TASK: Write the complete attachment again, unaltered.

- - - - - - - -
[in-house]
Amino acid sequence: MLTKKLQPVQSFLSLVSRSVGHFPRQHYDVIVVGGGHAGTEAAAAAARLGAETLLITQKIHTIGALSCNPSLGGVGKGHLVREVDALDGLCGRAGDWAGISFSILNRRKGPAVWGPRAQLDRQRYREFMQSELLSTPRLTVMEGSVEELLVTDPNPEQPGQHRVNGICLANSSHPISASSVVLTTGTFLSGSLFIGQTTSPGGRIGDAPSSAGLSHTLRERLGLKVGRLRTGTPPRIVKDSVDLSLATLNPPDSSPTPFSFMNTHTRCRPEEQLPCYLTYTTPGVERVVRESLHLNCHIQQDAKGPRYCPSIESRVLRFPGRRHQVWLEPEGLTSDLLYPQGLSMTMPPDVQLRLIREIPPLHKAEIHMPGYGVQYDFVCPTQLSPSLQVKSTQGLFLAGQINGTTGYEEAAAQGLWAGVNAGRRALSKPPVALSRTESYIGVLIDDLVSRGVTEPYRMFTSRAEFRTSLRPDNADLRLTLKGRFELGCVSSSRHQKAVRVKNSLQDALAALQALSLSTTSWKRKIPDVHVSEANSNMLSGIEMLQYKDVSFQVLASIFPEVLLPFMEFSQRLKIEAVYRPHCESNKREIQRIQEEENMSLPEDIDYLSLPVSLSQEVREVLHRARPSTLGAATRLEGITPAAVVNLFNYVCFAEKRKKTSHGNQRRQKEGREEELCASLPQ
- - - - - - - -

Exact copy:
[in-house]
Amino acid sequence: MLTKKLQPVQSFLSLVSRSVGHFPRQHYDVIVVGGGHAGTEAAAAAARLGAETLLITQKIHTIGALSCNPSLGGVGKGHLVREVDALDGLCGRAGDWAGISFSILNRRKGPAVWGPRAQLDRQRYREFMQSELLSTPRLTVMEGSVEELLVTDPNPEQPGQHRVNGICLANSSHPISASSVVLTTGTFLSGSLFIGQTTSPGGRIGDAPSSAGLSHTLRERLGLKVGRLRTGTPPRIVKDSVDLSLATLNPPDSSPTPFSFMNTHTRCRPEEQLPCYLTYTTPGVERVVRESLHLNCHIQQDAKGPRYCPSIESRVLRFPGRRHQVWLEPEGLTSDLLYPQGLSMTMPPDVQLRLIREIPPLHKAEIHMPGYGVQYDFVCPTQLSPSLQVKSTQGLFLAGQINGTTGYEEAAAQGLWAGVNAGRRALSKPPVALSRTESYIGVLIDDLVSRGVTEPYRMFTSRAEFRTSLRPDNADLRLTLKGRFELGCVSSSRHQKAVRVKNSLQDALAALQALSLSTTSWKRKIPDVHVSEANSNMLSGIEMLQYKDVSFQVLASIFPEVLLPFMEFSQRLKIEAVYRPHCESNKREIQRIQEEENMSLPEDIDYLSLPVSLSQEVREVLHRARPSTLGAATRLEGITPAAVVNLFNYVCFAEKRKKTSHGNQRRQKEGREEELCASLPQ